This is a cruel blow for Brooklyn. I suspect there was some backstage lobbying behind this regrettable decision (including from "pro-Israel" forces who were angry that a firm with Turkish origins might be chosen). Beep Markowitz should push back strongly against this. Karsan was clearly the best of the lot, and it would have meant jobs jobs jobs!
May 2, 2011, 12:39 pm
Tony from Brooklyn says:
If the car is not 100% in the U.S., the maker bid should be rejected. Similarly, there should be a threshold of New York City based jobs created by the contract. With a trigger to immediately cancel the contract and collect a fine if that threshold is not maintained.
May 2, 2011, 8:40 pm
Mia from Bay Ridge says:
STFU, Marty. You have ZERO to do with anything of importance or consequence in this city. We can save money and create some middle class hobs by eliminating the ridiculous and worthless Borough President position.
May 2, 2011, 8:41 pm
Jeff from WA says:
Wow, the Karsan today has already been rejected before the final announcement??? The only one that is already handicap accessibly, more than two-thirds of Yorkers preferred it, would have been built by Americans locally (the other two will be built abroad), the Chrysler engine from Michigan, the only thing foreign would have been the chassis from Turkey, technology smart, low emission/gas, and looked very nice compared to other two. The official reason for rejection "whether the Turkish company, untested in the American market, could reliably execute the high-concept product it had designed..."

Yes sherlock, this is something you would have researched and stated more than two years ago when you chose your final three tenders, NOT two days before the final announcement. What an insult and disgrace wasting this company's crucial time and efforts. Maybe the Turks should have waited one more week before announcing the multi-billion utility helicopter deal and gave the contract to Italy instead.

When you request 13,000 of this vehicle that is only ONE model, I'm pretty sure the Turks and local Brooklyns' would have gotten it down pat after building a few units.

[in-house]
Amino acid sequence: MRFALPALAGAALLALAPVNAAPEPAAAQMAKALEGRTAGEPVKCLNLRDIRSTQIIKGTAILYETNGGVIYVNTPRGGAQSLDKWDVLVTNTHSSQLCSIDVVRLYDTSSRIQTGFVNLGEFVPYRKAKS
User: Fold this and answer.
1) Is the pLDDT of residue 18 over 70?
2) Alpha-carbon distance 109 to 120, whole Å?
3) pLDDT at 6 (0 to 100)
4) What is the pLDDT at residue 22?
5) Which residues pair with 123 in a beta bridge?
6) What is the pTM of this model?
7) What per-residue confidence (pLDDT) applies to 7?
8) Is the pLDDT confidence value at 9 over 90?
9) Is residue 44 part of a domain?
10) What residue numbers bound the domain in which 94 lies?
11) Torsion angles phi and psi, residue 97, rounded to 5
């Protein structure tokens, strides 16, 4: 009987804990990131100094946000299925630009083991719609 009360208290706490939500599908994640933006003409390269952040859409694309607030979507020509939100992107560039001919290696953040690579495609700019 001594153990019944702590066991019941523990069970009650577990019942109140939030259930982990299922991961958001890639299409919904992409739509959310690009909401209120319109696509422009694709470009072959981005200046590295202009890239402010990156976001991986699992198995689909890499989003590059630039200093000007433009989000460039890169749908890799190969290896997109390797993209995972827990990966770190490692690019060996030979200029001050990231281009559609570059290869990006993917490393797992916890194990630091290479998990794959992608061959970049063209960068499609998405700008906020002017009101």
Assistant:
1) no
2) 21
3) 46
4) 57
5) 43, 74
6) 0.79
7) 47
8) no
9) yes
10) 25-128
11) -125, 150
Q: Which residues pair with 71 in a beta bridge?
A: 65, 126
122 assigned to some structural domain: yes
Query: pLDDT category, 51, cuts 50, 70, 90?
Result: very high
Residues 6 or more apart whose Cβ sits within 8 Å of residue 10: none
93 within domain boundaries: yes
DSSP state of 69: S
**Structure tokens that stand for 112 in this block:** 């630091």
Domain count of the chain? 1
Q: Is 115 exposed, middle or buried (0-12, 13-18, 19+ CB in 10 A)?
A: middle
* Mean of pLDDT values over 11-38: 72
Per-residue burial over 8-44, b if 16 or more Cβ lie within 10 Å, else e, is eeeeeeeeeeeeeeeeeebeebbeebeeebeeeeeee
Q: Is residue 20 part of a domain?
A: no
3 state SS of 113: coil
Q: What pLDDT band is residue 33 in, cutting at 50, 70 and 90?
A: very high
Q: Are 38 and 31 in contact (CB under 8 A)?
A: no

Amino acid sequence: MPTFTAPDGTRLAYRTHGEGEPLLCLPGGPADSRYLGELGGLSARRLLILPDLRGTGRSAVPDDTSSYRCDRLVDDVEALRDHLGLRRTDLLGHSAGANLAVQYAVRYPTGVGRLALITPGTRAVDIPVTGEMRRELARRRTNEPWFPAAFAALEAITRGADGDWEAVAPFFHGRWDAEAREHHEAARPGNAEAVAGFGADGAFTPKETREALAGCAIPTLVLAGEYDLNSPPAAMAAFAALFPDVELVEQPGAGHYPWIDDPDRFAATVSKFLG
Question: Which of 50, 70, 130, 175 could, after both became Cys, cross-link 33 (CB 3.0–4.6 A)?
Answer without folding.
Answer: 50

May 2, 2011, 11:57 pm
Turks from Jerseyshore says:
I love how the idiots are asking for something that is not even in the running, NYTC has already chosen three tenders Karsan (Built in Brooklyn), Ford Transit (Built in Europe), and Nissan (Built in China/Japan). No other manufacture bid on this project two years ago. The Ford Transit is bulky and will break down just like the victorias, since the Karsan is out of running for no apparent reason other than being from a muslim country...William Lee from Williamsburg said it best but don't forget the Armenians who protested last week in NY. So morale of story, enjoy your new Asian built cab for the future. Those stocks sure sound tempting right now.
May 3, 2011, 12:43 am
Ben from Boston says:
Why would you announce the rejection of a company just days before the winning bid? Wouldn't the winner of the bid automatically mean the other two did not win? Very fishy and weak.

It's like planning and inviting your friends for dinner at 8 and when they show up you don't open the door!

The Turks were so proud of this vehicle and putting their American friends to work, I would like to ask the real Americans (not Israeli, Armenian, or Greek descent) why do you keep stabbing your true allies the Turks in the back? Is it the pressure, history, or stupidity?
May 3, 2011, 1:03 am
In The Slope from Park Slope says:
Just more proof how impotent King Mary is to get anything meaningful accomplished for Brooklyn other than being a cheerleader for pole dancing!!
May 3, 2011, 6:39 am

Comments closed.

First name
Last name
Your neighborhood
Email address
Daytime phone

Your letter must be signed and include all of the information requested above. (Only your name and neighborhood are published with the letter.) Letters should be as brief as possible; while they may discuss any topic of interest to our readers, priority will be given to letters that relate to stories covered by The Brooklyn Paper.

Letters will be edited at the sole discretion of the editor, may be published in whole or part in any media, and upon publication become the property of The Brooklyn Paper. The earlier in the week you send your letter, the better.

Keep it local!

Stay in touch with your community. Subscribe to our free newsletter: